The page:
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A179316 The number of equal-sized equilateral triangles in the highest stack of triangles contained in successive Genealodrons formed from 2^n - 1 same size equilateral triangles 4
1, 1, 1, 2, 2, 3, 5, 7, 12, 22, 37, 66, 118, 228, 413, 762, 1441, 2718, 5147, 9804, 18594, 35420, 67729, 129976, 249176, 479112, 921625, 1777474, 3429822, 6632522, 12826031, 24850926, 48165224, 93507918, 181566683, 353075420, 686711066, 1337373564, 2604998105, 5080131368 (list; graph; refs; listen; history; text; internal format)



As explained in the comments to A179178 the n-th Genealodron can be formed by adding 2^(n-1) same size equilateral triangles to the left and right edges of the last 2^(n-2) triangles added to the (n-1)th Genealodron. It is easier however to imagine the n-th Genealodron formed by taking a new same size equilateral triangle and joining the bottom edge of the first triangle of a (n-1)th Genealodron to its left edge and similarly the bottom edge of the first triangle of another (n-1)th Genealodron to its right edge.

The shape formed is the same. Expressed in genealogical terms, instead of adding a round of equivalent many-times great-grandparent triangles to the structure, a child triangle has been put in forcing each triangle to move up a generation on both the father and mother's side.

The overlaps become increasingly complex as the equilateral triangles stack into spirals within the structure and as n gets larger the child triangle method becomes the only feasible way of generating successive Genealodrons.

For n>=18, with reference to the illustration of the initial terms of A179178, the location of the highest stack of triangles will stabilize at the cell labeled 11 for even n and at the cells labeled 5 and 6 for odd n. The sequence can be computed as the number of walks in the honeycomb lattice of length less than or equal to n that don't double back on themselves and that start at the origin and finish at the location with the greatest number of such walks. Also when making the first step only two of the three cells adjacent to the origin must be considered. - Andrew Howroyd, Mar 26 2016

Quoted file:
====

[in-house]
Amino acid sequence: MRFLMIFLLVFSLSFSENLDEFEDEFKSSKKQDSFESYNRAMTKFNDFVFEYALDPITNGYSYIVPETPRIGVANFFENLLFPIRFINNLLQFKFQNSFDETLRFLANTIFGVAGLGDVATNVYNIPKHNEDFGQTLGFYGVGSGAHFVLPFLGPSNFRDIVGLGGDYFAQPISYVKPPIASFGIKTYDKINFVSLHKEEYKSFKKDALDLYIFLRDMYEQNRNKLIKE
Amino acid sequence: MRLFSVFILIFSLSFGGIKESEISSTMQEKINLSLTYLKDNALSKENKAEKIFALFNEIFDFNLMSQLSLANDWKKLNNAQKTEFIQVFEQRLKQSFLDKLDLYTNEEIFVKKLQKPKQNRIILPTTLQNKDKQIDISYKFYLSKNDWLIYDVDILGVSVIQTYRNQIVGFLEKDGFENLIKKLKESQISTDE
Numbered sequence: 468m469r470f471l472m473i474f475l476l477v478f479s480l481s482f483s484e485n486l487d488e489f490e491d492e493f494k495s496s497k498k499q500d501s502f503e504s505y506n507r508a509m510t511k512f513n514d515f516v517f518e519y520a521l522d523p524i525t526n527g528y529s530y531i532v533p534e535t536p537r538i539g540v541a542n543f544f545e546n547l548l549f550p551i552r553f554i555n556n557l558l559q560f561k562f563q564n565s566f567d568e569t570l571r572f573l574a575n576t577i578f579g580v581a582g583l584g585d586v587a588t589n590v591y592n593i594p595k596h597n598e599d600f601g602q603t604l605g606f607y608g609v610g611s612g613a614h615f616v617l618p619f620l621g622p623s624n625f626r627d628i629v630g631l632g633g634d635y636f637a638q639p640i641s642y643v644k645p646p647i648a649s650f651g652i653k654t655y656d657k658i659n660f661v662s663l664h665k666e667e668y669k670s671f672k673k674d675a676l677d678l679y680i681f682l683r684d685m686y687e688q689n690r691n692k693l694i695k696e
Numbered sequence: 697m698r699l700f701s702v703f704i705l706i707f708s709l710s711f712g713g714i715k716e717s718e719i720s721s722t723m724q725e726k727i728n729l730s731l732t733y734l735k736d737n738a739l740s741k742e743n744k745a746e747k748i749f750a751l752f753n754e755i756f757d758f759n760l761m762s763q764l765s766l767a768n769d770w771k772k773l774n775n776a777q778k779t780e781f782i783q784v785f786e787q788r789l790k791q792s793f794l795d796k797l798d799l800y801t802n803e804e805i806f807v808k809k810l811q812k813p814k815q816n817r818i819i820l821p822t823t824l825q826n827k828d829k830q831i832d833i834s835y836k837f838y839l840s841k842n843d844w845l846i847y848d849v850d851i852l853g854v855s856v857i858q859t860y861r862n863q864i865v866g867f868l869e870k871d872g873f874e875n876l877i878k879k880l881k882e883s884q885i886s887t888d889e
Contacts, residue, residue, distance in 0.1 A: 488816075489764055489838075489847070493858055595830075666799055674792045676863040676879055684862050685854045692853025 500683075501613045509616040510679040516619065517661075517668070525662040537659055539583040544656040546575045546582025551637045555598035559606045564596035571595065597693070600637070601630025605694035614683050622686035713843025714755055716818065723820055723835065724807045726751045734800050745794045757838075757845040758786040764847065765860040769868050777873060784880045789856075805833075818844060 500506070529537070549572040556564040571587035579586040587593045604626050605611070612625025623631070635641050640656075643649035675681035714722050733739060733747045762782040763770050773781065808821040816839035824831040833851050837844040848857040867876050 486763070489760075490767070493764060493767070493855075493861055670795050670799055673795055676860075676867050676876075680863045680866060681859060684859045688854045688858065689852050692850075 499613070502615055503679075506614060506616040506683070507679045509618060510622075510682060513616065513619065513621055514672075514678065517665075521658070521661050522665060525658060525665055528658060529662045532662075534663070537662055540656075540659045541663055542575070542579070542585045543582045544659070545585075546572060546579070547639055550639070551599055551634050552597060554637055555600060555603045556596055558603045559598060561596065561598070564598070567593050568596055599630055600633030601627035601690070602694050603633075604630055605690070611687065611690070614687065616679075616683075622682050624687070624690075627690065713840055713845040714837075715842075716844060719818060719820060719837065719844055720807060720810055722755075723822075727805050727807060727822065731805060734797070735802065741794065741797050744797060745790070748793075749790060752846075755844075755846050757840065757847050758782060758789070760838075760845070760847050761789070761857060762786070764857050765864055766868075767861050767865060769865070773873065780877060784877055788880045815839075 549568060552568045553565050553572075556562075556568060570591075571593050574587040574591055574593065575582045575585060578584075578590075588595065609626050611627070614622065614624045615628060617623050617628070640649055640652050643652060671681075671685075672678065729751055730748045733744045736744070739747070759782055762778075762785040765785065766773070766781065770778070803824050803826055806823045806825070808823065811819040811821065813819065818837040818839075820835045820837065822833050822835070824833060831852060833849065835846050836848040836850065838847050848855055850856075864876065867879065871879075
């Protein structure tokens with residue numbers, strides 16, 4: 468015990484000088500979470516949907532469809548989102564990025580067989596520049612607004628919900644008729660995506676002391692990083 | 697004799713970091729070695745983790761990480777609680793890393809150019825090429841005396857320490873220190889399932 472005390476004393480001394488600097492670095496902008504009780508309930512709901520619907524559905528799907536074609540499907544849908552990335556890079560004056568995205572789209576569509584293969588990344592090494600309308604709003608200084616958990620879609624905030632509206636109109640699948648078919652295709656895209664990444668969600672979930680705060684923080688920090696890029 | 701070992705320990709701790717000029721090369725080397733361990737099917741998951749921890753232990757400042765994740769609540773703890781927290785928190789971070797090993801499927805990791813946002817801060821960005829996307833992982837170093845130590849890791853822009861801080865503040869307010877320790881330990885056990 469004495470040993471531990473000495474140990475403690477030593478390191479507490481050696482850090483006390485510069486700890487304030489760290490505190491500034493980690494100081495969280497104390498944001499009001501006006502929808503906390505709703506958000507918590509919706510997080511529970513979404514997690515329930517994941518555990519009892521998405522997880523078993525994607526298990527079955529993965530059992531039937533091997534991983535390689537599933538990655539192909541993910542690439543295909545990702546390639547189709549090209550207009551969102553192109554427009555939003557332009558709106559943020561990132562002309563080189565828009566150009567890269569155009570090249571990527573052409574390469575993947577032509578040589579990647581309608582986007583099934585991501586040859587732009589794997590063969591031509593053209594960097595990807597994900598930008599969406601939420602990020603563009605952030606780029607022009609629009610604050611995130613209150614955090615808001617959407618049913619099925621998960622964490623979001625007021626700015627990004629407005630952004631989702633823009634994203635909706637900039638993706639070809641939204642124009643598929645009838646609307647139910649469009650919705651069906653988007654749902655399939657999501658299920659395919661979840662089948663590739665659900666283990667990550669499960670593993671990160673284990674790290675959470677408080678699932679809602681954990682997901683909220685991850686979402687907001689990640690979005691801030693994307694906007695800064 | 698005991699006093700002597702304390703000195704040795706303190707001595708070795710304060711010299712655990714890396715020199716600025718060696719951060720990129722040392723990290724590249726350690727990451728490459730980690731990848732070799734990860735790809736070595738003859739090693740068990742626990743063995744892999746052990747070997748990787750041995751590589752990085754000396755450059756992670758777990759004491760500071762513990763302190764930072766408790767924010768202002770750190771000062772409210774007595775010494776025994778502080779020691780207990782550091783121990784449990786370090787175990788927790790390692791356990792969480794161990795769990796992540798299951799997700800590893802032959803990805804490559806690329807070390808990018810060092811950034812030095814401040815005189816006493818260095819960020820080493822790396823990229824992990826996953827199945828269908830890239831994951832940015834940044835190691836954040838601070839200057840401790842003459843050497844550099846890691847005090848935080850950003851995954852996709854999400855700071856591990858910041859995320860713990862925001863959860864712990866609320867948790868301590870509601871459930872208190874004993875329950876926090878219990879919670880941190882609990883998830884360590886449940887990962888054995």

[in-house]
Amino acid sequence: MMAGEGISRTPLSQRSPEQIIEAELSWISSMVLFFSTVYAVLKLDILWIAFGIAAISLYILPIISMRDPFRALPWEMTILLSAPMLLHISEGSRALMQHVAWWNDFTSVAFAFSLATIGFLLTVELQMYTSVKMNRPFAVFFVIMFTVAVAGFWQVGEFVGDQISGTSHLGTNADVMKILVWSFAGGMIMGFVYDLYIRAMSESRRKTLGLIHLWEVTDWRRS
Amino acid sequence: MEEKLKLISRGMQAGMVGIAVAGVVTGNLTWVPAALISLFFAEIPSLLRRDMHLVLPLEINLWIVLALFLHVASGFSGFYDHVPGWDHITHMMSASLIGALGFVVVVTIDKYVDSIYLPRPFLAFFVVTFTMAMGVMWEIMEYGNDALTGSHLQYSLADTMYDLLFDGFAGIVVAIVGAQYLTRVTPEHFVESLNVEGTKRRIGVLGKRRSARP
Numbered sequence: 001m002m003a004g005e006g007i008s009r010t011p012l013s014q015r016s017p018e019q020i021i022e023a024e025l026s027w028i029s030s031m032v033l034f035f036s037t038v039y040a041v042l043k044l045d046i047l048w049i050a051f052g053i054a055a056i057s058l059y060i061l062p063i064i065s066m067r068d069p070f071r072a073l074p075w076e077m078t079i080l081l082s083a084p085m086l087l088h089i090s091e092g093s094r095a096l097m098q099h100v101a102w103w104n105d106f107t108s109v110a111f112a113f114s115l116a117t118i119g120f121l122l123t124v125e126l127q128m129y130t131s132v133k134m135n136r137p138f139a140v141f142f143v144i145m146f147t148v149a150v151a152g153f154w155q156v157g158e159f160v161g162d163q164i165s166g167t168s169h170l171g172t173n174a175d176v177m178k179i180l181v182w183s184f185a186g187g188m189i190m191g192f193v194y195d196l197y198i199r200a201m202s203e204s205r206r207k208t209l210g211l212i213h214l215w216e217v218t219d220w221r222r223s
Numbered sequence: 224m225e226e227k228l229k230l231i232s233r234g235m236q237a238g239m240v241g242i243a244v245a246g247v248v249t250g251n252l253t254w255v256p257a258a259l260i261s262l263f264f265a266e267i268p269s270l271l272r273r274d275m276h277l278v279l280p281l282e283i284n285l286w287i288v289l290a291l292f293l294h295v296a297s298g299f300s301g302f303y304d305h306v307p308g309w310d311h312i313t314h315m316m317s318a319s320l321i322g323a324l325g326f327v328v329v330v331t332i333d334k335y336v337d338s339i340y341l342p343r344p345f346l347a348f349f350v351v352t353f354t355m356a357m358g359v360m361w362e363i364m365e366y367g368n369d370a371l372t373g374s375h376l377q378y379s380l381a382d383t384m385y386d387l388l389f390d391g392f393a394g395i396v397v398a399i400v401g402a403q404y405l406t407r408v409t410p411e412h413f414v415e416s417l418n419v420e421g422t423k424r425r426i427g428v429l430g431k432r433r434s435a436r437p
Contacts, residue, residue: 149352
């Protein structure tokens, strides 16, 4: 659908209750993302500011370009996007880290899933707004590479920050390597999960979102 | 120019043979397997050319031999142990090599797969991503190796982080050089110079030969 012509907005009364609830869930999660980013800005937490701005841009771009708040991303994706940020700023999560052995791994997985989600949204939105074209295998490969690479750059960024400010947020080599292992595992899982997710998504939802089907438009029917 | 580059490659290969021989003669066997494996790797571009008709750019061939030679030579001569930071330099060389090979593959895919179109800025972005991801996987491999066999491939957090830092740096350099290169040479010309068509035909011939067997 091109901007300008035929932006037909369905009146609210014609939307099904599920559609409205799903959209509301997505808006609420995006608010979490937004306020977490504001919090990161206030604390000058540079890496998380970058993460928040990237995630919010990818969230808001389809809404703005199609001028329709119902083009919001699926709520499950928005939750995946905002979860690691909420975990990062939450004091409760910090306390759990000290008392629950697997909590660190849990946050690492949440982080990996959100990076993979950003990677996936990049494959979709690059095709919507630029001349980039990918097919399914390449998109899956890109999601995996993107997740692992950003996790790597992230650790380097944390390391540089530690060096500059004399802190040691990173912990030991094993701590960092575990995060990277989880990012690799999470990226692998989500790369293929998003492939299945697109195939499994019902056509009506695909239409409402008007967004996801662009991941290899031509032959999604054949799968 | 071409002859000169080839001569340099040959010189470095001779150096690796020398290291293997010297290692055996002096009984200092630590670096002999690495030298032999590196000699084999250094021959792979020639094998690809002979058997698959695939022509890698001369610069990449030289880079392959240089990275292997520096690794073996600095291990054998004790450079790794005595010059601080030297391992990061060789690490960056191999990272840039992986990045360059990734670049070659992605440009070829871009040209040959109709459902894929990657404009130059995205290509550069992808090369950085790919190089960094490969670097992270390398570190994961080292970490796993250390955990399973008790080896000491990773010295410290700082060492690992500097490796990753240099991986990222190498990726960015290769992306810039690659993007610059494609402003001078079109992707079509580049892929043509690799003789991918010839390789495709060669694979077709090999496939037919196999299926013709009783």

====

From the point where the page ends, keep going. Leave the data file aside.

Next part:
Mohammad K. Azarian, A Trigonometric Characterization of Equilateral Triangle, Problem 336, Mathematics and Computer Education, Vol. 31, No. 1, Winter 1997, p. 96. Solution published in Vol. 32, No. 1, Winter 1998, pp. 84-85.

Mohammad K. Azarian, Equating Distances and Altitude in an Equilateral Triangle, Problem 316, Mathematics and Computer Education, Vol. 28, No. 3, Fall 1994, p. 337. Solution published in Vol. 29, No. 3, Fall 1995, pp. 324-325.


Andrew Howroyd, Table of n, a(n) for n = 1..250

Kival Ngaokrajang, Illustration of initial terms, A179178.


From Andrew Howroyd, Mar 26 2016: (Start)

See illustration of initial terms of A179178 for cell numbering.

a(4) = 2 because there are 2 permissible walks of length <= 4 ending on the cell labeled 11: {1,3,6,11} and {1,2,5,11}.

a(6) = 3 because there are 3 permissible walks of length <= 6 ending on the cell labeled 10: {1,2,5,10}, {1,3,6,11,5,10} and {1,2,4,9,18,10}.



A179178 is a related Genealodron sequence.

Sequence in context: A284909 A062724 A126024 * A103597 A337745 A253853

Adjacent sequences: A179313 A179314 A179315 * A179317 A179318 A179319




Elizabeth Hignell (elizabethhignell(AT)hotmail.com), Jul 10 2010


a(13)-a(40) from Andrew Howroyd, Mar 25 2016



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Last modified January 30 07:19 EST 2023. Contains 359939 sequences. (Running on oeis4.)